The language of bees is the bees’ knees, ya know?
Bees are amazing creatures, coming in more than 25,000 species, many of which don’t look much like the stereotypical image of a fat, furry, brightly striped, bundle of honey-making buzz. This stands to reason when you compare that cool 25K to the mere 10,000 kinds of seemingly ubiquitous bird or the paltry 6400 species of mammal.
In addition to a panoply of forms, bees have developed different methods of communication, including the honey bee, whose three-part communication system of touch, pheromones, and booty-dancing can appropriately be called a language.
Humans—who have been keeping bees for nearly 10000 years—have likewise created language to describe their bonhomous friends, and the craft of keeping them healthy and harvesting their honey.
But here a linguistic mystery lurks. We call the places where bees are kept apiaries, and the beekeepers who keep them apiarists, thanks to the Latin apis (bee)…but we have no idea where that word came from.
Linguists have their theories. The most popular posits a path from the Old English imbe, and the German Imme (bee; swarm of bees), but no evidence to support this logical idea has been found, and the word remains unrelated to anything so far discovered in other Indo-European languages
My only guess, sadly disproven by phonetics and pronunciation, was some connection to the ancient Egyptian deity Apis, though I had no idea how to reconcile our tiny, winged friends with a sacred bull worshiped by Ancient Egyptians for its great heart and physical strength.
Now, as I mentioned before, the tiny-brained honey bee famously possesses a productive language expressed through dance. When an exploring bee discovers a food source, they return to their hive and—having shared some or all of their stomach contents in a process called "unloading"—begin one of two dances to share their discovery.
If the destination is relatively close, the bees perform a "round dance," dancing in circles, changing direction occasionally. This dance basically means: I’ve left a scent out there, now go find it!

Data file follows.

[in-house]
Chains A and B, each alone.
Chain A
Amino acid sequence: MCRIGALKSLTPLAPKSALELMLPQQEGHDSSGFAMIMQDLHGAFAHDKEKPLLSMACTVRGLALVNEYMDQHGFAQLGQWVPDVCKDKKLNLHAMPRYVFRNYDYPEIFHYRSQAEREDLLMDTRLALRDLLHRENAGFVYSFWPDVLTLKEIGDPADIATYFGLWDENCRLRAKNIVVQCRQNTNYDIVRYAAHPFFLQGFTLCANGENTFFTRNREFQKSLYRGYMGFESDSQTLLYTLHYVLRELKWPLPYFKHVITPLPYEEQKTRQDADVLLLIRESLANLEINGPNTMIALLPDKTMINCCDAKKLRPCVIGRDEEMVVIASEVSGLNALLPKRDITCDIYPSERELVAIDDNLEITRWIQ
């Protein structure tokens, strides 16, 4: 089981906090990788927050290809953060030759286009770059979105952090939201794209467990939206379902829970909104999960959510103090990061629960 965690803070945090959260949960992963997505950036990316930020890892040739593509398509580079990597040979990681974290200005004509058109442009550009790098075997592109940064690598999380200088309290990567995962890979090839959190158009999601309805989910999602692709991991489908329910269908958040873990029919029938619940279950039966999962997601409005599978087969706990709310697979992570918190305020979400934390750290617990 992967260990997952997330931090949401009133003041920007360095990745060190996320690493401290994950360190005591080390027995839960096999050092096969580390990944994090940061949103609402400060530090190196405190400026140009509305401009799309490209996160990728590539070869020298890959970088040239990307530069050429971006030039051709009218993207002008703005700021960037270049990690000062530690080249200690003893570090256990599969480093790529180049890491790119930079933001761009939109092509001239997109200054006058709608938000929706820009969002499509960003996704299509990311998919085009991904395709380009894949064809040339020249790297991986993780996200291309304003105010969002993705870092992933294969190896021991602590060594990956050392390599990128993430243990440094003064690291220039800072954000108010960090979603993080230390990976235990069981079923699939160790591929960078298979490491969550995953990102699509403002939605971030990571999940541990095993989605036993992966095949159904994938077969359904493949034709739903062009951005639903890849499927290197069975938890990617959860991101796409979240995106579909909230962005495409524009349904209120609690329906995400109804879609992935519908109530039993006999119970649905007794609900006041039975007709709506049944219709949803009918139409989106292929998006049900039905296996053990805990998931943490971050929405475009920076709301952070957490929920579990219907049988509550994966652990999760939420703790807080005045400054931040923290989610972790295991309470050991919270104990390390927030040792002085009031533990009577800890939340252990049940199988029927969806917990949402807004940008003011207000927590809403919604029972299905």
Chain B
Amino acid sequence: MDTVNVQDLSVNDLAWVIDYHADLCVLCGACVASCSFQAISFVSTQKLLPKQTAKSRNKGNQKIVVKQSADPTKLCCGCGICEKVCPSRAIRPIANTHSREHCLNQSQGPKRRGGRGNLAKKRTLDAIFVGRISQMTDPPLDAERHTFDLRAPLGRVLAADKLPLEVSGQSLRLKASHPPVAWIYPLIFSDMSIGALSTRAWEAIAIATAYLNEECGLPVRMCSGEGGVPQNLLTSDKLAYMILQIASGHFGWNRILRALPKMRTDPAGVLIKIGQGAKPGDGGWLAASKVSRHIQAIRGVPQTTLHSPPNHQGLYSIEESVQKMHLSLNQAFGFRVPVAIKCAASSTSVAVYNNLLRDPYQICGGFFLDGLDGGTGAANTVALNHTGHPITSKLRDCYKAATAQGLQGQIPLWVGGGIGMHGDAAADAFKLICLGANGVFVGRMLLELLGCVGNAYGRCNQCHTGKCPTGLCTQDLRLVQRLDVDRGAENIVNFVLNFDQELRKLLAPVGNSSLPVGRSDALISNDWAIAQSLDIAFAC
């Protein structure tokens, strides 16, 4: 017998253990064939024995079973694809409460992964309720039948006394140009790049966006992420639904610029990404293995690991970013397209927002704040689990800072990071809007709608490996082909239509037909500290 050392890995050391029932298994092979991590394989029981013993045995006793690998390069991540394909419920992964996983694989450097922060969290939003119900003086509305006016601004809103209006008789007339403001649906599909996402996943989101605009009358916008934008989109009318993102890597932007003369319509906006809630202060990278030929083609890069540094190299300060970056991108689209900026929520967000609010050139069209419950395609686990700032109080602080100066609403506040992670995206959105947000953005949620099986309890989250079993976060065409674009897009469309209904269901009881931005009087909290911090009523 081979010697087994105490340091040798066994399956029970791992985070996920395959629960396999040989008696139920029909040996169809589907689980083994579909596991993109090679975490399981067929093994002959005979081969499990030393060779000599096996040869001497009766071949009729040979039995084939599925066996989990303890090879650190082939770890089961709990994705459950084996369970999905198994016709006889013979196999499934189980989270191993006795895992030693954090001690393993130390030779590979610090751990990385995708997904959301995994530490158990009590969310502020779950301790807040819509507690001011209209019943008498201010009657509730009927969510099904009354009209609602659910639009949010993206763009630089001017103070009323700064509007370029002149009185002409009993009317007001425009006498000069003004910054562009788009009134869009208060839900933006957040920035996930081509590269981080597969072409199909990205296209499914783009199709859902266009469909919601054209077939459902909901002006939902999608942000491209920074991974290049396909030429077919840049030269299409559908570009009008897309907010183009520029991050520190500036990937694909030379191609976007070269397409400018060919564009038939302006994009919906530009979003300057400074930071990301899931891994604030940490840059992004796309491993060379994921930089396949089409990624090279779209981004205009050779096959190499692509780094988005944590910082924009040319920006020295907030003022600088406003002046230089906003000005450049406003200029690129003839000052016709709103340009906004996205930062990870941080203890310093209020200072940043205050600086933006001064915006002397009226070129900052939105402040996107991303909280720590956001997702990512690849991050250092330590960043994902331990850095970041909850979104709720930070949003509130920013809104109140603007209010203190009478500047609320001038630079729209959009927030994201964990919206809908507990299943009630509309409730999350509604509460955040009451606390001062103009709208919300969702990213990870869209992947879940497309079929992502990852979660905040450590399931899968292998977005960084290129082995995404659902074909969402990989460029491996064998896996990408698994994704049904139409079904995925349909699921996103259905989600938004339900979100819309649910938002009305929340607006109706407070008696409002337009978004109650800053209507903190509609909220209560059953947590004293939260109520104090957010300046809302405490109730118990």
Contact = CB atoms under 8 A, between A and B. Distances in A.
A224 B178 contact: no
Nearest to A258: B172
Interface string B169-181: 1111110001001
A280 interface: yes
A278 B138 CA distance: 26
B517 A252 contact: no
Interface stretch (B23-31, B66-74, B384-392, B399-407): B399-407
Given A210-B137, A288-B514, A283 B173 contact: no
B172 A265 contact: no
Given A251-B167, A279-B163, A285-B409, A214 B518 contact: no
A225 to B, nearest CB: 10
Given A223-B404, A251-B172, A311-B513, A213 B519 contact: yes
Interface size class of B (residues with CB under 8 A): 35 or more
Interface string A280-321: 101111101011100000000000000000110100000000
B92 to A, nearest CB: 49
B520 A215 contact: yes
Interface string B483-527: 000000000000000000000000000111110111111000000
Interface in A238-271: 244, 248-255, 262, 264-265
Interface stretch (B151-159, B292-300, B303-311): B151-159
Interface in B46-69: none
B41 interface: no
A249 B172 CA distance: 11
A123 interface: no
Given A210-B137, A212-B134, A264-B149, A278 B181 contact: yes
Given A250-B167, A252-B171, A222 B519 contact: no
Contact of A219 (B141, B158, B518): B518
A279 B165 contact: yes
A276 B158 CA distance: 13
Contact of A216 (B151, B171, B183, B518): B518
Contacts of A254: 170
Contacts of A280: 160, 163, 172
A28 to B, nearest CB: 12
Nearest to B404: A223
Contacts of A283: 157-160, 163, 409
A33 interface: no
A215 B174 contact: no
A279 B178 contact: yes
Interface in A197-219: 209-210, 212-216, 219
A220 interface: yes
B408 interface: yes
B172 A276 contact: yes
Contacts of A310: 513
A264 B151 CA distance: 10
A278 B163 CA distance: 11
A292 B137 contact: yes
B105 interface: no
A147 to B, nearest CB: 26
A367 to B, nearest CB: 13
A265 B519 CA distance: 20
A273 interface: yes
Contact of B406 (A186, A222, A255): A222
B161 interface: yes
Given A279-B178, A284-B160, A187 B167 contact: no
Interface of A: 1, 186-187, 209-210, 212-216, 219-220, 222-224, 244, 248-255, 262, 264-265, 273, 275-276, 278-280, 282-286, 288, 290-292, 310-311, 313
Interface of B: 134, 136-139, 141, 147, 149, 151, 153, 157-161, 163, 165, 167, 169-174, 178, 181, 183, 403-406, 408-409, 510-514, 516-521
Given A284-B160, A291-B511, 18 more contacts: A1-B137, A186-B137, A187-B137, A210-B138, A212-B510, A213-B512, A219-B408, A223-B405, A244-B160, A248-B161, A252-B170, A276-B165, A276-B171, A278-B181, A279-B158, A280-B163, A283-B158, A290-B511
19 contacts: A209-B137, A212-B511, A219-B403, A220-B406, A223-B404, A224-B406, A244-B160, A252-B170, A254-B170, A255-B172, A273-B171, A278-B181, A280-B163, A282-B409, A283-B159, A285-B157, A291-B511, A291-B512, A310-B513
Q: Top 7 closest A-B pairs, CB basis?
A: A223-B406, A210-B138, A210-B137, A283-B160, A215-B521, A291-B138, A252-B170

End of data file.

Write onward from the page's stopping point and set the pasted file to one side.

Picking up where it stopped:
If the food is further away, the bees perform their famous "waggle dance," where in addition to dancing and buzzing their wings, the returning bees also waggle their body. Each piece of this dance conveys information: the duration of the waggling represents distance, and the angle of the waggling run represents the direction relative the sun’s angle from the hive.
In either case, the bees following the dancer decode his dance and convey the directions to the rest of the hive so they can all share in the buzzy bounty.
But that’s not even the most fascinating part of these bees’ actions. Because this communication isn’t only used to find and share food sources, but also to share new and better locations for the entire hive. Which means these bees communicate and make colony-wide collective decisions…and generally do so better than we big-brained, supposedly-superior humans.
Consider it: a hive sends out multiple scouts who return with different possible places to move the hive. And then, using only their primitive means of communication—each bee able to communicate with just the tiniest fraction of the rest—debate ensues until, without fail, a winner is determined and the entire hive picks up and moves.
Not only is this a unanimous decision to move, but the coordination of that move is also managed through this limited, collective means of communication. No small feat when you consider a hive can contain up to 60,000 individuals!
Compare that to the extensive rules, procedures, polling, and other apparatus humans develop into multi-layered structures that rarely come to agreement, much less consensus.
In his book Honeybee Democracy, Thomas Seeley lays out, in readable way, what his more than 40 years of research has revealed about honeybee communication, including his most recent investigations into the democratic process of hive movement, and how with limited intelligence and information, each bee in a hive acts similarly to a neuron in the brain.
In addition to being an incredible read for anyone who wants to be amazed by nature, Seeley determines five characteristics underlying the honey bee collective’s "systemic intelligence," in which the group is far smarter than its smartest individual. This is a valuable model we squabbling humans could learn from as the human hive continually fractures into groups that are often hardly as smart—and even less effective—than their least intelligent and most ardent—members.
For more on bees and language, including whether honey bee is one word or two, a proposition involving Sean Bean and Mila Kunis, or to listen or re-listen to this, or any other Katexic WORD segment, head on over to katexic.com/kuac.